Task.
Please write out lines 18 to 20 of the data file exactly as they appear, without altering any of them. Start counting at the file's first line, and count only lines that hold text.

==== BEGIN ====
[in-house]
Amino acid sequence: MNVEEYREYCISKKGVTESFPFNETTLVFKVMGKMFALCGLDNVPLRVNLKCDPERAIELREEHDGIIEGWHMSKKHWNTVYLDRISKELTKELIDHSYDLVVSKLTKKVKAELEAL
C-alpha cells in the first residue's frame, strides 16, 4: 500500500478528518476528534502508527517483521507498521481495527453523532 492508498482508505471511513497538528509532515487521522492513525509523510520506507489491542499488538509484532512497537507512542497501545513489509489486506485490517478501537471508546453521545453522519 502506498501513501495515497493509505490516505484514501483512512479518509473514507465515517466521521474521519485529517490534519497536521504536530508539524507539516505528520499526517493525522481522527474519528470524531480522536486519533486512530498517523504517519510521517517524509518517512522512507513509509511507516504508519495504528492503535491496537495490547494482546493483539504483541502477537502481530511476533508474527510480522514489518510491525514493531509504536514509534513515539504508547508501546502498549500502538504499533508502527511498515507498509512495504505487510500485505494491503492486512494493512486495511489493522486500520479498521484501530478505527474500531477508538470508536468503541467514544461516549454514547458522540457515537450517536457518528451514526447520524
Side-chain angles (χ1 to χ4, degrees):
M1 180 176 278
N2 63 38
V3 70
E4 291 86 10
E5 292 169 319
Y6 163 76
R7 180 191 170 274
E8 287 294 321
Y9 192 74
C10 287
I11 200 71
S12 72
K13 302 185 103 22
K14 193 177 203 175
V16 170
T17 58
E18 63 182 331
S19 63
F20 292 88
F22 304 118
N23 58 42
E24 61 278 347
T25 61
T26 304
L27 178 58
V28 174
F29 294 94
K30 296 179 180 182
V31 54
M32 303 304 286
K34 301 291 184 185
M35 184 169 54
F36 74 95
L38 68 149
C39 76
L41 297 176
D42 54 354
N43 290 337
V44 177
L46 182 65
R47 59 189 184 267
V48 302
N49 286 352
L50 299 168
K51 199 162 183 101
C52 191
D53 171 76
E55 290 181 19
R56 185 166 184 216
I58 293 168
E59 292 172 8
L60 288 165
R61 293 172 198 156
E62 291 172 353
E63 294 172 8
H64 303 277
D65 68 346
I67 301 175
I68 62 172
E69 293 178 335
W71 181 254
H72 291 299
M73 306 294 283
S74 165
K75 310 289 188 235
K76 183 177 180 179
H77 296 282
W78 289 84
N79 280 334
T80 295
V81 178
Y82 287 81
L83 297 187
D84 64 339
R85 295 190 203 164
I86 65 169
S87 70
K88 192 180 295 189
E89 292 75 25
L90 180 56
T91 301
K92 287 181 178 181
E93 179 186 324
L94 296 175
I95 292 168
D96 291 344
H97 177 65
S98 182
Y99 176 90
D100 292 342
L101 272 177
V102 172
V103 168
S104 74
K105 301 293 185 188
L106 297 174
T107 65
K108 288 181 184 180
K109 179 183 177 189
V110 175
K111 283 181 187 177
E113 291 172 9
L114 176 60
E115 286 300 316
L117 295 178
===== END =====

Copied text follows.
K14 193 177 203 175
V16 170
T17 58